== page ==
As a former Fashion Design student in my way-back-when life I like reading what the Outlander costume designer Terry Dresbach posts. She often starts really interesting discussions in 140 characters. Sometimes I have been able to partake in those discussions. Once, at 2am, lying in bed with my smart phone glued in front of my nose, desperately trying to keep up with a fascinating discussion, I rapidly typed out a comment to the conversation and suddenly Terry answered my question! I sat up in bed and yelled, “Oh My Gosh! She answered my question!” My husband, suddenly awakened, looked at me as if I was crazy and told me to please go to sleep. I have to admit, from that moment I felt like I was talking to someone I knew. It was really cool. I’ve followed and even participated in a number of other conversations started by Terry and always enjoyed them. The very fact that I can be sitting in my home, having discussions with people from all over the world at the same time is just amazing.

But it seems like there is trouble in paradise.
It seems like there are twitterers out there who feel like they have the right to say whatever they want or feel to the people they follow; who feel like they have the right to be mean, to chastise, to demand attention, to spread rumors without any regard to how their 140 characters can hurt the people they are aimed at. And in addition there are others who feel they themselves have been terribly hurt and thus have the right to hurl hurt back at anyone they can. The Internet can be a fantastic place but its defining anonymity can also cause it to be a very terrible place. So all I seem to be reading from my favorite Twittering people is how twitterers are throwing mud at each other, blaming others for feeling hurt and abused.

As a kid growing up I remember being called a lot of unpleasant names. Tall, skinny, freckled and with out of control curly dark auburn hair; beanpole, stringbean, jolly green giant were just some of the things I got to hear thrown at me. My mother telling me that “Sticks and stones can break your bones but names will never hurt you” didn’t really make me feel better. I knew that names definitely could hurt me. I had to learn very early that the names people threw at me didn’t define what I thought of myself. Perhaps I just learned to grow a thick skin. And I learned to develop a very fine-tuned sense of humor about things. Maybe the younger generation, a product of helicopter parents have never learned the lessons that I did, never learned how to grow a thick skin.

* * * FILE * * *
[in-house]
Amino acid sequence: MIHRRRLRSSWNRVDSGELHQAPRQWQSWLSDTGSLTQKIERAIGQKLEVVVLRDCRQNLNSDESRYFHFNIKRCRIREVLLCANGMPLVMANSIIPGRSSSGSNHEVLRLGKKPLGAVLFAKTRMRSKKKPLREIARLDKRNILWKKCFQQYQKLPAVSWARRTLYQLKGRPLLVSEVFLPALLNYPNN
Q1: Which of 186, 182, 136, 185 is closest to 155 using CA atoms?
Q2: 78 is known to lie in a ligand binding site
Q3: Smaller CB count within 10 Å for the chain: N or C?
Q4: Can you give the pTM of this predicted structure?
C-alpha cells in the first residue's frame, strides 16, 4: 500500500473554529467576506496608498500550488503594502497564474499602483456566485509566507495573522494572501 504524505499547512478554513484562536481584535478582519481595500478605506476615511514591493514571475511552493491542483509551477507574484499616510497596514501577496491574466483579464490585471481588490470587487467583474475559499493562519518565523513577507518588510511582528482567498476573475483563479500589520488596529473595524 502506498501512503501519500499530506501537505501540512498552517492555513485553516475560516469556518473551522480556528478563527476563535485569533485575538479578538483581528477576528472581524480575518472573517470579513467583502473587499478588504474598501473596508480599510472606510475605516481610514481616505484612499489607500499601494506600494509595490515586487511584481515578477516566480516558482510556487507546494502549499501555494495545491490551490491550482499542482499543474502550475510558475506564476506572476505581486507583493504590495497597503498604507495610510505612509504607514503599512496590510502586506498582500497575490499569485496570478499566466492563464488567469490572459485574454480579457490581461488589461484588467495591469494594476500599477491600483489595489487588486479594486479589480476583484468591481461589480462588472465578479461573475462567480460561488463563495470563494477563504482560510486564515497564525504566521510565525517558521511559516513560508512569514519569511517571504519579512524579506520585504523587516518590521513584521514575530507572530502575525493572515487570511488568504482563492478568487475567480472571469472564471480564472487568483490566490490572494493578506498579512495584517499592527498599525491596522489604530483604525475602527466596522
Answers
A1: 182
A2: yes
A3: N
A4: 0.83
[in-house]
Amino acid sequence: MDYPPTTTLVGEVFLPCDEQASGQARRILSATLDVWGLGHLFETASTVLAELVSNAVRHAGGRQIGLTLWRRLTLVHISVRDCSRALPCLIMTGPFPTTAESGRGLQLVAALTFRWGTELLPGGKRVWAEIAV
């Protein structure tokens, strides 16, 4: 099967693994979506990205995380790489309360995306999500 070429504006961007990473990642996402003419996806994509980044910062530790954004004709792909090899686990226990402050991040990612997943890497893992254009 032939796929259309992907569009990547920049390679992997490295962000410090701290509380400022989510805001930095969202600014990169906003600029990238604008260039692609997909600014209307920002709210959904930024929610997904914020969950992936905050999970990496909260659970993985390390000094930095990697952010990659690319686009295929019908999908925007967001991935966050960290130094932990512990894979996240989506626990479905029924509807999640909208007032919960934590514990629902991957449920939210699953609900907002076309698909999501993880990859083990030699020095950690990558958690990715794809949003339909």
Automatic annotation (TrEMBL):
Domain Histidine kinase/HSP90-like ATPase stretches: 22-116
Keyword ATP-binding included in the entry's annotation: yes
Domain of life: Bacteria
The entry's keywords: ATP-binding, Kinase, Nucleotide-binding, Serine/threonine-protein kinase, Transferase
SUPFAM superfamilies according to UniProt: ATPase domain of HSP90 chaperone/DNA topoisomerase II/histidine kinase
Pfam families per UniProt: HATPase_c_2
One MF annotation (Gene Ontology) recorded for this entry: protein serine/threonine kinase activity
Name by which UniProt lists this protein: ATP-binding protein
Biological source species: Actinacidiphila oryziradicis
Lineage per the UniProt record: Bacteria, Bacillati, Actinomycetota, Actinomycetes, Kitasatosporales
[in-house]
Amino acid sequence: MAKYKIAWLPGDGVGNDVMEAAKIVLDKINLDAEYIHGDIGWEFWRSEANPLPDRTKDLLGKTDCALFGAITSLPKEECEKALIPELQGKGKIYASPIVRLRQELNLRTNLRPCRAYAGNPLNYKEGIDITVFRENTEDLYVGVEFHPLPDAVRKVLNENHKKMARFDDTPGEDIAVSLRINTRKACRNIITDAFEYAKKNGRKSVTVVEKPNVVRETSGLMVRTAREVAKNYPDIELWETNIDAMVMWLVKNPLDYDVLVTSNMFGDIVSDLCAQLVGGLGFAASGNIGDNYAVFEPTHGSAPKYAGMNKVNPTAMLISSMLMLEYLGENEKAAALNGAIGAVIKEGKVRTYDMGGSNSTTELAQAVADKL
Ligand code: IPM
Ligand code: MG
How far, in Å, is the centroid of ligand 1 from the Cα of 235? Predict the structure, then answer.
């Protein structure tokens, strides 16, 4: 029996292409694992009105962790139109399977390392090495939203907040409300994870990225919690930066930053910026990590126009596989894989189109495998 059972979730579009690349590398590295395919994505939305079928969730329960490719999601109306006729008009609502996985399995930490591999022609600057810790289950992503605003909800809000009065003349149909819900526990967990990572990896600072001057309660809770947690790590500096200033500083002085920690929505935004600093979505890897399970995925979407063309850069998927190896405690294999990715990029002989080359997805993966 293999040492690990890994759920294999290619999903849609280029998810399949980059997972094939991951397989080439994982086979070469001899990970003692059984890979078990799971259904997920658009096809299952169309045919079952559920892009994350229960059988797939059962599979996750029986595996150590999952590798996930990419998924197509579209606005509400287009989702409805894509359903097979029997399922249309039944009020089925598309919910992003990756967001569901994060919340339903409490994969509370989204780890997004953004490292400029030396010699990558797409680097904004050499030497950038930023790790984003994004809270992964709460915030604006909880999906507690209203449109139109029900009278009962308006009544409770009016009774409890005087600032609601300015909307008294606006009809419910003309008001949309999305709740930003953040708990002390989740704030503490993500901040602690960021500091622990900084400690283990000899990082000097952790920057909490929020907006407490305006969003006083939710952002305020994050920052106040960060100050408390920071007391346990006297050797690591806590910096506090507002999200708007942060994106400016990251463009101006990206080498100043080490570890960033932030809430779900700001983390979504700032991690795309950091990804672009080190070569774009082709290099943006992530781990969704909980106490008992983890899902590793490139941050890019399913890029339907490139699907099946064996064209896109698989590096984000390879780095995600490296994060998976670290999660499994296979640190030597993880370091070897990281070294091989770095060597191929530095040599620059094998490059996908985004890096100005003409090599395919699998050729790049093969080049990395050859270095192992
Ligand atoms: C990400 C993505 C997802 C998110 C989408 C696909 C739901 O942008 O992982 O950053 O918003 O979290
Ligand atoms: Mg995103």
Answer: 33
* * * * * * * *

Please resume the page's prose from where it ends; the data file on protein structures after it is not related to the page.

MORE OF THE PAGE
As I said earlier 140 characters are not really enough to convey nuance. In response to all this recent discussion of misery and unhappiness on all sides, I posted a tweet that was trying to remind people that 140 characters do not always offer enough nuance to accurately be able to distinguish between humor, irony and satire and what might be meant as a joke could sound like an attack. It can be very easy to misinterpret what is actually being said and a bit of a sense of humor was necessary when responding to those few characters. I suggested that people should lighten up. I was accused of possibly sounding dismissive and unfairly minimizing other people’s feelings – two things I was most definitely not doing. My #lightenup was being offered as a bit of humor but that obviously wasn’t coming through and it was judged to be judgmental instead and assumed to be hurtful.